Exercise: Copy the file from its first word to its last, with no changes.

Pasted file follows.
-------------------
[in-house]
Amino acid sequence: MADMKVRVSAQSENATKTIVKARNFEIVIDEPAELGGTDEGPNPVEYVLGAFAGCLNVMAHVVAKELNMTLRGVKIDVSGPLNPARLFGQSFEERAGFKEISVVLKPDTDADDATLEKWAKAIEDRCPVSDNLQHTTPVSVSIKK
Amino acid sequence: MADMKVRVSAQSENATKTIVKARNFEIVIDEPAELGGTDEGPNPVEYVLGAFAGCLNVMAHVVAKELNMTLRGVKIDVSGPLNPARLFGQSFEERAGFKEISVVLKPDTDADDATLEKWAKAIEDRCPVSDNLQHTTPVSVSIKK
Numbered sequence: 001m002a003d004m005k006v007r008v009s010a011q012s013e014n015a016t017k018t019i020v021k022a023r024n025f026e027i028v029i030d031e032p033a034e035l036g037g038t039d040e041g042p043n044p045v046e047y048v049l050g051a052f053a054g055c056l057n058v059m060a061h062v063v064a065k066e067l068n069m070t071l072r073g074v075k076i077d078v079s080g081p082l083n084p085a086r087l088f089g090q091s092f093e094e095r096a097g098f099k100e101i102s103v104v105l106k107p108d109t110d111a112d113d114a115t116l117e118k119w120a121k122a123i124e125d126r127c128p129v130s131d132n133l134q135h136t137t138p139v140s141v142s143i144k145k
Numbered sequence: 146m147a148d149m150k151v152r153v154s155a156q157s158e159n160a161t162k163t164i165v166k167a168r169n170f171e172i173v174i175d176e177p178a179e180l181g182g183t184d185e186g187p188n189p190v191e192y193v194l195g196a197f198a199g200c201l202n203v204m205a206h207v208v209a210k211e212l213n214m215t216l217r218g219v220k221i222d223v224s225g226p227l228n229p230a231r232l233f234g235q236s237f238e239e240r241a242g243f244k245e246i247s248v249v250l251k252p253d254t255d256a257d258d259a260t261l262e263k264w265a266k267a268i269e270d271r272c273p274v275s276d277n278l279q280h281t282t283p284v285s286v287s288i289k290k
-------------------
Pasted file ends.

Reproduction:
[in-house]
Amino acid sequence: MADMKVRVSAQSENATKTIVKARNFEIVIDEPAELGGTDEGPNPVEYVLGAFAGCLNVMAHVVAKELNMTLRGVKIDVSGPLNPARLFGQSFEERAGFKEISVVLKPDTDADDATLEKWAKAIEDRCPVSDNLQHTTPVSVSIKK
Amino acid sequence: MADMKVRVSAQSENATKTIVKARNFEIVIDEPAELGGTDEGPNPVEYVLGAFAGCLNVMAHVVAKELNMTLRGVKIDVSGPLNPARLFGQSFEERAGFKEISVVLKPDTDADDATLEKWAKAIEDRCPVSDNLQHTTPVSVSIKK
Numbered sequence: 001m002a003d004m005k006v007r008v009s010a011q012s013e014n015a016t017k018t019i020v021k022a023r024n025f026e027i028v029i030d031e032p033a034e035l036g037g038t039d040e041g042p043n044p045v046e047y048v049l050g051a052f053a054g055c056l057n058v059m060a061h062v063v064a065k066e067l068n069m070t071l072r073g074v075k076i077d078v079s080g081p082l083n084p085a086r087l088f089g090q091s092f093e094e095r096a097g098f099k100e101i102s103v104v105l106k107p108d109t110d111a112d113d114a115t116l117e118k119w120a121k122a123i124e125d126r127c128p129v130s131d132n133l134q135h136t137t138p139v140s141v142s143i144k145k
Numbered sequence: 146m147a148d149m150k151v152r153v154s155a156q157s158e159n160a161t162k163t164i165v166k167a168r169n170f171e172i173v174i175d176e177p178a179e180l181g182g183t184d185e186g187p188n189p190v191e192y193v194l195g196a197f198a199g200c201l202n203v204m205a206h207v208v209a210k211e212l213n214m215t216l217r218g219v220k221i222d223v224s225g226p227l228n229p230a231r232l233f234g235q236s237f238e239e240r241a242g243f244k245e246i247s248v249v250l251k252p253d254t255d256a257d258d259a260t261l262e263k264w265a266k267a268i269e270d271r272c273p274v275s276d277n278l279q280h281t282t283p284v285s286v287s288i289k290k